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  1. Bill

    Unfortunately, it is seems easy to forget what a “hot commodity” Joker was when he became the “coach in waiting.” Kentucky’s offense was outstanding when Joker was the OC and there was real concern that Joker would be offered a head coaching position elsewhere. I understand that it hasn’t worked out. Hindsight is always 20-20.

    1. larryvaught

      He was indeed hot at the time Bill

  2. shinny

    Perhaps Joker should have keep Sanders as QB coach and continued to call the offensive plays. What if?

    1. larryvaught

      could not have hurt for sure Shinny

  3. John

    Larry has this name popped up anywhere I know he is an Older Caoh and I have no Idea where he his now but I know he has a good tract record with not only wins and losses but also with players and assistant coaches….Ralph Friedgen… what do you think?

    1. larryvaught

      John, have not heard his name. Believe he’s out of the loop

  4. Anonymous

    Thank you, Jacob Tamme. Also, I, too, only found about Joker’s dismissal after the Bengals/Broncos game. Too, it had been so wonderful to watch Wildcats Jacob Tamme, Wesley Woodyard, and Danny Trevathan (and the rookie is really playing well for the Broncos — six tackles and a sack — so great to see all three of these guys doing well on my pro team!).

    Too, Jacob nicely points out some special Wildcat moments of which Joker, had, indeed, been a huge part. I still remember our almost upsetting the Vols in Knoxville when Joker had taken over as OC and switched Jacob to the tight end position. We surely all remember that we had had a leading offense in the nation when Joker had been OC during those later years of success with Jacob Tamme, Wesley Woodyard, Andre Woodson, Keenan Burton, and Rafael Little. Further, like Tamme, I will always be grateful for Joker’s breaking those horrid losing streaks against Steve Spurrier and South Carolina and Tennessee — and, frankly, some who had been anti-Joker from the start never gave him enough credit for those.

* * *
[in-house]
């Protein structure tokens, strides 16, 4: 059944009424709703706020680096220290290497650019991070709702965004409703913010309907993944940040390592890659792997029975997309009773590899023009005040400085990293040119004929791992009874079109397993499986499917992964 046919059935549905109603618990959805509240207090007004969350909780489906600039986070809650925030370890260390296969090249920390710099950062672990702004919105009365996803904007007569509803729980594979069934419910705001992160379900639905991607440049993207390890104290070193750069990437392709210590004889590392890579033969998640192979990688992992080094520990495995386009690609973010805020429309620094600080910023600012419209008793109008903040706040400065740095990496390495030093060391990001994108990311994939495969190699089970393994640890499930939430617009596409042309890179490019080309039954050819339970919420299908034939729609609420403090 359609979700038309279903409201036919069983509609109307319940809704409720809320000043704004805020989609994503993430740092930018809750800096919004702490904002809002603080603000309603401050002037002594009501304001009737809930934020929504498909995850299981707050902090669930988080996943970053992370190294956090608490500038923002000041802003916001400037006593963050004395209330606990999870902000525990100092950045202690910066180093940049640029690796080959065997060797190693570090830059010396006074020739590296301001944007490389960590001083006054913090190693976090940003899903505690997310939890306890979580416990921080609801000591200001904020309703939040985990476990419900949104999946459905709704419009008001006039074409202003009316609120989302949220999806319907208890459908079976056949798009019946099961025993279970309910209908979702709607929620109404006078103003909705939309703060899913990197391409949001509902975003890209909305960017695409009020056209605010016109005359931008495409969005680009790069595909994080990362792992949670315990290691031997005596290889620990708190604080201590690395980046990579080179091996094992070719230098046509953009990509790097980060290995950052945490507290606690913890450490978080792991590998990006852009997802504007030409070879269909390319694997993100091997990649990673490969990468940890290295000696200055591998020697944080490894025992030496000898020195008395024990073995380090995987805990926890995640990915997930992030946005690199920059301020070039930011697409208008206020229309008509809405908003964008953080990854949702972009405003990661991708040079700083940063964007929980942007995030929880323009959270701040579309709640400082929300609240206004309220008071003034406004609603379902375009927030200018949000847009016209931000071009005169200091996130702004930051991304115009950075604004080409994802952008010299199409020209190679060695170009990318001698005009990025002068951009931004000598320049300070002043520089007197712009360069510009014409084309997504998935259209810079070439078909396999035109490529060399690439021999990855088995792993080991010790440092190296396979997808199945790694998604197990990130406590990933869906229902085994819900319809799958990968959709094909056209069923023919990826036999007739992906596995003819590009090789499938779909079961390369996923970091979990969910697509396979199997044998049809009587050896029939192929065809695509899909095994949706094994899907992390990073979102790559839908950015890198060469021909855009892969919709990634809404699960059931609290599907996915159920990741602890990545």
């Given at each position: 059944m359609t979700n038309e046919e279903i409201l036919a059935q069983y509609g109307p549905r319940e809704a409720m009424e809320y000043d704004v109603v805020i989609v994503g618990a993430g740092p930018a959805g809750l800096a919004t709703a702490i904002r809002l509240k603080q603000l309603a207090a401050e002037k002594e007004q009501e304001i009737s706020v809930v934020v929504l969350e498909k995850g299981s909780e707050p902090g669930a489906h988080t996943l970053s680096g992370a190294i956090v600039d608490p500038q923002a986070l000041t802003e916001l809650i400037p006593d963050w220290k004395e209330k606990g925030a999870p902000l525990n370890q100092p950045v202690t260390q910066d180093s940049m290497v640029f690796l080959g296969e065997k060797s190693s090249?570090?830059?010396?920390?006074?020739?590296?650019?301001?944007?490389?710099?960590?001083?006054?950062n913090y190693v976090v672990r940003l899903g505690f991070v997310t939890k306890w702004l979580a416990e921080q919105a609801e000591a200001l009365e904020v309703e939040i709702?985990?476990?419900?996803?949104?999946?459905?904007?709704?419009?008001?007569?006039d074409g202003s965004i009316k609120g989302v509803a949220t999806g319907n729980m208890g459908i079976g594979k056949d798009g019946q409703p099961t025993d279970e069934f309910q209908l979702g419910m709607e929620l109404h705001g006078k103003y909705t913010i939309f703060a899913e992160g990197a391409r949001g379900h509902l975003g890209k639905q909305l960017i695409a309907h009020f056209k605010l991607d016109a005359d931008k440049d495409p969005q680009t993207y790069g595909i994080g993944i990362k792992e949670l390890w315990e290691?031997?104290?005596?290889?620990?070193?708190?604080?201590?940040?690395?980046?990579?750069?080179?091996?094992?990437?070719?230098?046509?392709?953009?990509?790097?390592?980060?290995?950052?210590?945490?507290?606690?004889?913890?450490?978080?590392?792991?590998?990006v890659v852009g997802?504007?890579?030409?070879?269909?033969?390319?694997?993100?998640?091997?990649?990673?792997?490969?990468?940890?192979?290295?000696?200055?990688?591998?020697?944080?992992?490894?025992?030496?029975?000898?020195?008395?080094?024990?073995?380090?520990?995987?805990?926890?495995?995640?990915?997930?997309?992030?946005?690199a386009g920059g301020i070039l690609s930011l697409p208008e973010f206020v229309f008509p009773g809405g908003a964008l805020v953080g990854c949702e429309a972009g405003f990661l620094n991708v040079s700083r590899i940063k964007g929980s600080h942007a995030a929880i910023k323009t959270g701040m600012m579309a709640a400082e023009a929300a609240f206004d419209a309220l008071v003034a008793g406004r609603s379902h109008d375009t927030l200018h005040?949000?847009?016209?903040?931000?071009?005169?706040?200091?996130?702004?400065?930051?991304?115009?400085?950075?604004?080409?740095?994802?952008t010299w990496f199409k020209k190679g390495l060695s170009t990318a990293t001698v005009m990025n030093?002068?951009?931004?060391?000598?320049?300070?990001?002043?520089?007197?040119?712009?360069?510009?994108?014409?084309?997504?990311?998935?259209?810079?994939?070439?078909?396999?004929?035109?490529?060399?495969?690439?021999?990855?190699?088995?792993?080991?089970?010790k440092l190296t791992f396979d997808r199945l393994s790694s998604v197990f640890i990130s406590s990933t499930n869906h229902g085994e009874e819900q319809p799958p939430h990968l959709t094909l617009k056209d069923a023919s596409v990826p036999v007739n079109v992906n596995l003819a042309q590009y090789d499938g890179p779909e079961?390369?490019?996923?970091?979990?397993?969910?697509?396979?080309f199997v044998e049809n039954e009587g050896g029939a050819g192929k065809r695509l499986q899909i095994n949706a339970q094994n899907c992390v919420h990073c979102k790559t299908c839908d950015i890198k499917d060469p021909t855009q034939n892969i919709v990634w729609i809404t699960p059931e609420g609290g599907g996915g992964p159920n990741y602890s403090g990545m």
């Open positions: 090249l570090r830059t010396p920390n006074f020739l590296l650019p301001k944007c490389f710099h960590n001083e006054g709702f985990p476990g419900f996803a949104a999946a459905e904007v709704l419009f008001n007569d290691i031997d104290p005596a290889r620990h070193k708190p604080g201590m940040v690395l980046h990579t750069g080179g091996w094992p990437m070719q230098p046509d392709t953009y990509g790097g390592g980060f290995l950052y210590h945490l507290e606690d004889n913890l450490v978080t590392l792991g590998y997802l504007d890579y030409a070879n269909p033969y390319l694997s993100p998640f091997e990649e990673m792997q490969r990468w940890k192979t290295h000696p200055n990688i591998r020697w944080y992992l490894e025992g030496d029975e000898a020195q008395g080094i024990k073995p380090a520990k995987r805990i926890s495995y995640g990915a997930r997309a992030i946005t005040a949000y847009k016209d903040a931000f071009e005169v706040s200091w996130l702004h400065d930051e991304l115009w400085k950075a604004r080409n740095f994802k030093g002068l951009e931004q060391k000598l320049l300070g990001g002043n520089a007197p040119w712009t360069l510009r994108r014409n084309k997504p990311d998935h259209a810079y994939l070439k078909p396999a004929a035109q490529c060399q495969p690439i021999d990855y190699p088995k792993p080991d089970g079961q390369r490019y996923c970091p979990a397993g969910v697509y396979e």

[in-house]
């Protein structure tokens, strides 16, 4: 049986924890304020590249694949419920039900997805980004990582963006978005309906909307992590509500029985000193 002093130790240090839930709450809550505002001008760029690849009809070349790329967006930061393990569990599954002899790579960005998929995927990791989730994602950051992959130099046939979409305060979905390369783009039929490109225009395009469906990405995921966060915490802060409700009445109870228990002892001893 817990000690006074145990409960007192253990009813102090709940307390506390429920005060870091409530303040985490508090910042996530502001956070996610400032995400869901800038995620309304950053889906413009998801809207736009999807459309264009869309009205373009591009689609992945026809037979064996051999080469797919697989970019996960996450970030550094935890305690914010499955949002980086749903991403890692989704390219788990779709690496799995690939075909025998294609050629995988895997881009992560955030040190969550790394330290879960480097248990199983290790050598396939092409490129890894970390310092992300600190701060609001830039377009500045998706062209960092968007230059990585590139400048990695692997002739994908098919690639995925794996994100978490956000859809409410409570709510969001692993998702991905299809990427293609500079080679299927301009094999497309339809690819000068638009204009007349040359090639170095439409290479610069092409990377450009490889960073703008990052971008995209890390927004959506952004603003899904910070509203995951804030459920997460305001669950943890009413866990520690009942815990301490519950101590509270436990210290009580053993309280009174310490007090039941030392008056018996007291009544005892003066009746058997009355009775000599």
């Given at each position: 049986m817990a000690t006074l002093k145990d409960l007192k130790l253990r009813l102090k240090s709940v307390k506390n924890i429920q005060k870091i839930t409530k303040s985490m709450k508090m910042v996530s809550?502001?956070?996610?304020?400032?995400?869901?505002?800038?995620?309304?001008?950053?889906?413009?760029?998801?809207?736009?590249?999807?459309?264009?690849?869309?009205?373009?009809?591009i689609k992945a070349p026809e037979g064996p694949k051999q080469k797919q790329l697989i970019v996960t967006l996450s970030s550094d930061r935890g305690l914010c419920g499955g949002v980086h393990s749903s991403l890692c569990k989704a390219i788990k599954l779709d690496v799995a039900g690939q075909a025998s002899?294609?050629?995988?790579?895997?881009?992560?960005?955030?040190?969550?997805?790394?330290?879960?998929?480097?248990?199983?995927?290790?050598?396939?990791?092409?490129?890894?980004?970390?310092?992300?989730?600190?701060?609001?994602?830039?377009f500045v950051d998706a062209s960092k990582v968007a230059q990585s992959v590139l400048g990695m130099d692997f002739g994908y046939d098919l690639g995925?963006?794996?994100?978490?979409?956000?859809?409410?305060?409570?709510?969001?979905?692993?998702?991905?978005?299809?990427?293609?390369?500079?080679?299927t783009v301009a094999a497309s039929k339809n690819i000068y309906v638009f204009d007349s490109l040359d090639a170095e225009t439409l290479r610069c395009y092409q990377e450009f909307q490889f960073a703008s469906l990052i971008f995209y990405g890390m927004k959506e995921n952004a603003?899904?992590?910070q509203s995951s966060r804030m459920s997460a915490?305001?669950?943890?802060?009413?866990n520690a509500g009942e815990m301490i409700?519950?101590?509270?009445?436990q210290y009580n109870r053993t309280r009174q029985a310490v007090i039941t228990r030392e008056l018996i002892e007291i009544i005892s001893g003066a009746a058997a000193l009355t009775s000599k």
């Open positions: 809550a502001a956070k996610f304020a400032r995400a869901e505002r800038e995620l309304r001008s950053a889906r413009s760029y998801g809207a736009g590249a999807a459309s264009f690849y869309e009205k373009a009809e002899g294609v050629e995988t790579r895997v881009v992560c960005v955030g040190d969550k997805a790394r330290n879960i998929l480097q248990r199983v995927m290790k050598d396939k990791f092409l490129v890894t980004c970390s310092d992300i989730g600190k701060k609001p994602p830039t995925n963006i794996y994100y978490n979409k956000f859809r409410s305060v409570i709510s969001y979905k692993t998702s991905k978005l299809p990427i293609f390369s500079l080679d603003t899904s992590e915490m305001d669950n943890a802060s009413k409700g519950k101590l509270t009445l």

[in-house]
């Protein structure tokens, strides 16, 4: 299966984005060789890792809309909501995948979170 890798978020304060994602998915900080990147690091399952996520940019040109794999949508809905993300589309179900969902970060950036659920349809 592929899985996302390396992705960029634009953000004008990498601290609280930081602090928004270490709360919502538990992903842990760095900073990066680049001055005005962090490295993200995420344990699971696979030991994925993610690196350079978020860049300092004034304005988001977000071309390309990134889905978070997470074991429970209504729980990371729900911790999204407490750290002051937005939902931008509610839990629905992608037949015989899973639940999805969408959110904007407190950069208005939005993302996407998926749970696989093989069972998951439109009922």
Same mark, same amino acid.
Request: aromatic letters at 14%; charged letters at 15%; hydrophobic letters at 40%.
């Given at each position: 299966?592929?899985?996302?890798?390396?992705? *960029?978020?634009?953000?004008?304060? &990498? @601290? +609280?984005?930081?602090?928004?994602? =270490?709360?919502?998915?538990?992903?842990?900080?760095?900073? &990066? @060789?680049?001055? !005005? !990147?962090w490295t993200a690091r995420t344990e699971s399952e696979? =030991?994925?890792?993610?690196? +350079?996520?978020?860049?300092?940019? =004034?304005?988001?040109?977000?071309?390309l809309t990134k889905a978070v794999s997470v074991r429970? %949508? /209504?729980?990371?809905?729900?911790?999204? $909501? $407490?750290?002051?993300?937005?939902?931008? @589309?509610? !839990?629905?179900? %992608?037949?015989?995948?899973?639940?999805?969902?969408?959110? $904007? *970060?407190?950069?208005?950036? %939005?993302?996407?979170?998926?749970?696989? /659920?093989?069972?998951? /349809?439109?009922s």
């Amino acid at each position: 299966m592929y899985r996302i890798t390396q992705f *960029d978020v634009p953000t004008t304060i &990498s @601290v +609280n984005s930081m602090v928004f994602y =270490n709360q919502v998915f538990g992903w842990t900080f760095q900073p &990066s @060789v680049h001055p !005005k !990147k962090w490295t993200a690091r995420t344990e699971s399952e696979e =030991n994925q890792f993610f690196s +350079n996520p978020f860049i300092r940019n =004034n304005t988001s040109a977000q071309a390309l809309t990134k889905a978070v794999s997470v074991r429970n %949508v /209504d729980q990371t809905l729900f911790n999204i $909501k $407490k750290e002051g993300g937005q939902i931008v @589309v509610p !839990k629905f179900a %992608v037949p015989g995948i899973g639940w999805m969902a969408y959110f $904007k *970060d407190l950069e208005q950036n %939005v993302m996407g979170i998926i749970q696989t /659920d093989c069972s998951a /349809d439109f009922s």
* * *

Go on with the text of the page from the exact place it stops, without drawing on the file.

Ironically, too, as someone named “Bill” and I have repeatedly noted here, I will always wonder how this team would have performed if only Maxwell Smith had gotten to play more than three games (and, yes, I know two of those three had been losses, but that had been before our defense had shown a sign of life). I suspect Joker and his staff will always wonder the same. That offense had shown so much potential for excitement in the Louisville game. Regardless, of course, what happened happened, and may we get a head coach and some good fortunes, too, and get this program turned around. Meanwhile may fans remember those memorable moments and show up next Saturday and show our seniors and their teammates — plus Coach Joker Phillips — RESPECT and APPRECIATION.


  5. Tana

    That “Anonymous” post had been from little, ‘ole me, Larry. Also, thanks for talking with Jacob Tamme, an all-time favorite. I surely enjoyed reading his perspective, along with his expression of support for his former position coach/OC.